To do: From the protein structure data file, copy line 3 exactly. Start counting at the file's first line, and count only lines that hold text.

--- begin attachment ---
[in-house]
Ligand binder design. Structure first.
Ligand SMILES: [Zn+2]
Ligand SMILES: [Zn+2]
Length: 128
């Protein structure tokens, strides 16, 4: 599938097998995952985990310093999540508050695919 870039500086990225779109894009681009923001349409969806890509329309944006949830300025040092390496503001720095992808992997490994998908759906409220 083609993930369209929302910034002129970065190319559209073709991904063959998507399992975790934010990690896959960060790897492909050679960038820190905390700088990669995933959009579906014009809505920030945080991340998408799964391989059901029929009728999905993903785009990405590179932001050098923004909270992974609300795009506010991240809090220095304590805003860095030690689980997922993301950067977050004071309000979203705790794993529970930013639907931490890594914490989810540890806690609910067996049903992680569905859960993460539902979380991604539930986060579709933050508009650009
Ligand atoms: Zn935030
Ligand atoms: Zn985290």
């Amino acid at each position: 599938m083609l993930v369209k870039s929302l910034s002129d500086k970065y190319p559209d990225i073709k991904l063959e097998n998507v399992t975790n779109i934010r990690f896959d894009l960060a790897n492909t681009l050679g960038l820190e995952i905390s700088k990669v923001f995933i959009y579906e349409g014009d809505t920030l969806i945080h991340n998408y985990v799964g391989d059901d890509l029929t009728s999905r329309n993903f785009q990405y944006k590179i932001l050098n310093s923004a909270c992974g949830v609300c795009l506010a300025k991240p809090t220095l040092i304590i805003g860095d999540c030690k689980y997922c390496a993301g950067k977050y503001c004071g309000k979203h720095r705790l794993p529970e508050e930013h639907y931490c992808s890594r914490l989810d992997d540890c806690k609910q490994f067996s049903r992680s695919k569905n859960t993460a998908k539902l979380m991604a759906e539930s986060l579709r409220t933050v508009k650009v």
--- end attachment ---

Ligand SMILES: [Zn+2]